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    Meet Stereo Empire. This Louisville band plays pop/rock that makes you want to move, hence the name of their first EP The Moves. Tyler Anderson of A Lion Named Roar helped out remixing these songs. Fans of The Killers and Young The Giant will be pleased to hear that you can hear Stereo Empire on WFPK's Live Lunch on April 3, but I'll let guitarist Rob Saag tell more of the story. 

    LC: Describe your music to someone who has never heard of you.

    RS: Energetic pop-rock with some electronic elements sprinkled in - songs that will make you get up and move.

    LC: What’s your musical background?

    RS: We all come from different backgrounds, which helps make us unique since we can draw from some very diverse influences. We've all played in bands growing up, with genres ranging from metal and punk, to blues and funk. Stereo Empire evolved from an acoustic project that Morgan (vocals, guitar) and I started a few years ago, and we quickly grew into a full band, well, because it's more fun that way.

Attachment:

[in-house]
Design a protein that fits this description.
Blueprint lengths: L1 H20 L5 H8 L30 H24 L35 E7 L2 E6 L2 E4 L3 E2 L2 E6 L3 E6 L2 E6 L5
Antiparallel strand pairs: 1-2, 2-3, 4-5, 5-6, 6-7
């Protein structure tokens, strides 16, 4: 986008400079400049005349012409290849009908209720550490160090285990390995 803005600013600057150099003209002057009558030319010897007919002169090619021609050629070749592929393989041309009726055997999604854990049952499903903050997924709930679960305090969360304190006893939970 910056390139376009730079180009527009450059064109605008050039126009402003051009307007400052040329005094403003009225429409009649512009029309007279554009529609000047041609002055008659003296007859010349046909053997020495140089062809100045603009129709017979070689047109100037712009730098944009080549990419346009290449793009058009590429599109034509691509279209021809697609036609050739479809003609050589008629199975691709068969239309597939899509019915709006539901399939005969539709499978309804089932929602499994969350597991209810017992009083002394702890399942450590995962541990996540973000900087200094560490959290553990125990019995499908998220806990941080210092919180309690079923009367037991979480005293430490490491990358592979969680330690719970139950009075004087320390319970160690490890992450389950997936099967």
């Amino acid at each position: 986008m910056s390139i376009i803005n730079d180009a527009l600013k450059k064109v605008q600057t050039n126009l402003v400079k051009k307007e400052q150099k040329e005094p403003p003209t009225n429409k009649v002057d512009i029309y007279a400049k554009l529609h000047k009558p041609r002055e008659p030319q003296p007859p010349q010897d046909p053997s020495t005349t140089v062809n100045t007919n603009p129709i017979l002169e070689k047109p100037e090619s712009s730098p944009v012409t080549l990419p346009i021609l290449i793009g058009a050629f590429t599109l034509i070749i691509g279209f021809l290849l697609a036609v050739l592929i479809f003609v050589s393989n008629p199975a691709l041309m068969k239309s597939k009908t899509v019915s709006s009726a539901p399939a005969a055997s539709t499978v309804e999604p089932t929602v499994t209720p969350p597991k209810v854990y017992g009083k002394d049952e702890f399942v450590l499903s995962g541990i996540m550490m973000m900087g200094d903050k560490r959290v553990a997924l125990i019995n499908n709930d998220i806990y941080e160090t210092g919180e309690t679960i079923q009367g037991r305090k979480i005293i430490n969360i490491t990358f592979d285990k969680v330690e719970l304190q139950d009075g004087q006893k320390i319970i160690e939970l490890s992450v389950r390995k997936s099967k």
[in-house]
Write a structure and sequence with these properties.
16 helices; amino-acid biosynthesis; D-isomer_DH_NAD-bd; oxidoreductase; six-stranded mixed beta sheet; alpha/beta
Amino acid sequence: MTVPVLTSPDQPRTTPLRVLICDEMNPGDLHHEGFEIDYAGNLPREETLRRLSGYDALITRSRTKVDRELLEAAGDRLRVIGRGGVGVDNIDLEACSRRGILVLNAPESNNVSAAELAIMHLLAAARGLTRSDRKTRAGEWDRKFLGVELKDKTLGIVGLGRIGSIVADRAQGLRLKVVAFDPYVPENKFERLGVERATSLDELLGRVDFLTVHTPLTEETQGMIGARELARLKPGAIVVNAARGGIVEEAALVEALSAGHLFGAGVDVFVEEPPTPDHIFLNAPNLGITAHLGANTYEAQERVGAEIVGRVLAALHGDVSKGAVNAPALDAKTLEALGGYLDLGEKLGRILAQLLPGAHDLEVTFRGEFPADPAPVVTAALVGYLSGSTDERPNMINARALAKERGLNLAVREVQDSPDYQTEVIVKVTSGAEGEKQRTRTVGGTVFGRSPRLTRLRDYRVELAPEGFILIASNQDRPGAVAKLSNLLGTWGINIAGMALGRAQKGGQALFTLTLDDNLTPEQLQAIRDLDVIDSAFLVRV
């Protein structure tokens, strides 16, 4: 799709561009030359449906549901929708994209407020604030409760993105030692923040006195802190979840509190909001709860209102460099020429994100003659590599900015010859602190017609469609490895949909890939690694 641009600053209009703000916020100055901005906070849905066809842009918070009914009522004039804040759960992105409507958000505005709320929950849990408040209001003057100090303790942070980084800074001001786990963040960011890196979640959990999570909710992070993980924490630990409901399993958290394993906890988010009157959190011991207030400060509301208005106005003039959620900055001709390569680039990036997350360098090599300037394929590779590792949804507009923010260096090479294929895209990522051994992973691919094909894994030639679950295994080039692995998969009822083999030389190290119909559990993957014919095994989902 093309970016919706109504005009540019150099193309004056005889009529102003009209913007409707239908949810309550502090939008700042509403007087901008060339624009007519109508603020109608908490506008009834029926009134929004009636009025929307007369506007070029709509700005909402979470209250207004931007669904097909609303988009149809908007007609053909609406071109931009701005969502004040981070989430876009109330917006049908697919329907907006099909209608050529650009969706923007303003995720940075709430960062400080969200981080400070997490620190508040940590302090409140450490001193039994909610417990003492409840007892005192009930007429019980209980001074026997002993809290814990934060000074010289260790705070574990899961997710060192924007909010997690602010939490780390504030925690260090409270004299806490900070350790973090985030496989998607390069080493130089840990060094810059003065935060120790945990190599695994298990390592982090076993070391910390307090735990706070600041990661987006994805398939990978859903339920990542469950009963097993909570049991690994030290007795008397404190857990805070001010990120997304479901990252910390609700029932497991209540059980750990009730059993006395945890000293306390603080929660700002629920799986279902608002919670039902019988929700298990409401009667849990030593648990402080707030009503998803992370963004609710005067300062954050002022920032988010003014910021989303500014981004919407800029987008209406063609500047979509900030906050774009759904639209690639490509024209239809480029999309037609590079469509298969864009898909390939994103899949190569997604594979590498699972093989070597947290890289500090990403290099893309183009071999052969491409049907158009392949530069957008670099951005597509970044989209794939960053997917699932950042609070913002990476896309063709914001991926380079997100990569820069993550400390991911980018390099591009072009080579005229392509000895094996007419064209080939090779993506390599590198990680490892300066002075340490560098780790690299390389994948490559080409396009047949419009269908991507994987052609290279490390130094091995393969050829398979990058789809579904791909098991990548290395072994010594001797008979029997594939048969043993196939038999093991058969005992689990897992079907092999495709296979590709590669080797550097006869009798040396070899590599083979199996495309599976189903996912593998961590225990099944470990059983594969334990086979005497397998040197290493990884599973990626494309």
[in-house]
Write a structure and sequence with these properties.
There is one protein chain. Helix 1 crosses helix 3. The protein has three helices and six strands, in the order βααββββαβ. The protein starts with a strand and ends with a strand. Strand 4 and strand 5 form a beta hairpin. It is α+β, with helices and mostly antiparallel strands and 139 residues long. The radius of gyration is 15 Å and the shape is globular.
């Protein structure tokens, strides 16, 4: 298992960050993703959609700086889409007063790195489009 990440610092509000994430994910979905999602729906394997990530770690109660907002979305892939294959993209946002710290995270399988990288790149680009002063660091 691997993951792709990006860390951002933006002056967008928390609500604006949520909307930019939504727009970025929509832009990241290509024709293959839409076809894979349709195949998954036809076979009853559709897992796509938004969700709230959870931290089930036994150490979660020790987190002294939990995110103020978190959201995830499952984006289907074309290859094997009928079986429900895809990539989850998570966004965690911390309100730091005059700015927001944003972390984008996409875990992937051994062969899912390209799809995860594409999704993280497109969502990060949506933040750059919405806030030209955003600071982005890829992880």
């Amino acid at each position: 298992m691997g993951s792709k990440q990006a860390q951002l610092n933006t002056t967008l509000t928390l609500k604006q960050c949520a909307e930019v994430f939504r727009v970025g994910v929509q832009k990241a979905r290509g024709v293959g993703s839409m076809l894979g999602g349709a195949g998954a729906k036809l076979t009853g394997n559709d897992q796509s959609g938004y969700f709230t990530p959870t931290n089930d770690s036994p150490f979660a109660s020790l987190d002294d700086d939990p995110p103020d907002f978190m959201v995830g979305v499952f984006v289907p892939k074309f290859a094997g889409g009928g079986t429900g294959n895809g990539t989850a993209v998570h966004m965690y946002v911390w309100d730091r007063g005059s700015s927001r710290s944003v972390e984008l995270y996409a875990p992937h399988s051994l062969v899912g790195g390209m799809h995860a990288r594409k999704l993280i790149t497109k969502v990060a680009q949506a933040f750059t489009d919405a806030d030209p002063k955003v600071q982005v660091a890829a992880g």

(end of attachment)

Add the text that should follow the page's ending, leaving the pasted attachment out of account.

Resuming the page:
LC: Where does the name Stereo Empire come from?

    RS: When we started this band, we wanted to create something that sounded massive - something unique that none of us had heard or done before. The name evolved from our literal interpretation of this idea - we chose the word "stereo" for "sound", and "empire" to represent something massive and enduring.

    LC: What are some of your musical (or non-musical) influences?

    RS: Musically, we're influenced by anything with a good sense of melody, harmony, and dynamics. That can come from classic bands like The Beatles or Queen, to modern music like Maroon 5 or Young The Giant. There are no guilty pleasures here - if something is catchy, it's catchy, and that's what we try to incorporate into our songs. Our non-musical influences include our lives and current events, caffeine, and bourbon.

    LC: What is songwriting like in Stereo Empire? Is it collaborative or the doing of one member?

    RS: Songwriting is a collaborative effort, but it usually starts with Morgan developing a basic concept. We'll take that concept and work on it further as a band until we have the basic structure and melody in place. Morgan and I work on lyrics and vocal melodies, which are typically the last parts written for the song. We're all very open with each other, so if something isn't working, we change it until we have a final version. Then we rehearse until we can play it in our sleep.

    LC: You released your first EP two years ago but are re-releasing it soon. What led to that decision? Did anything change?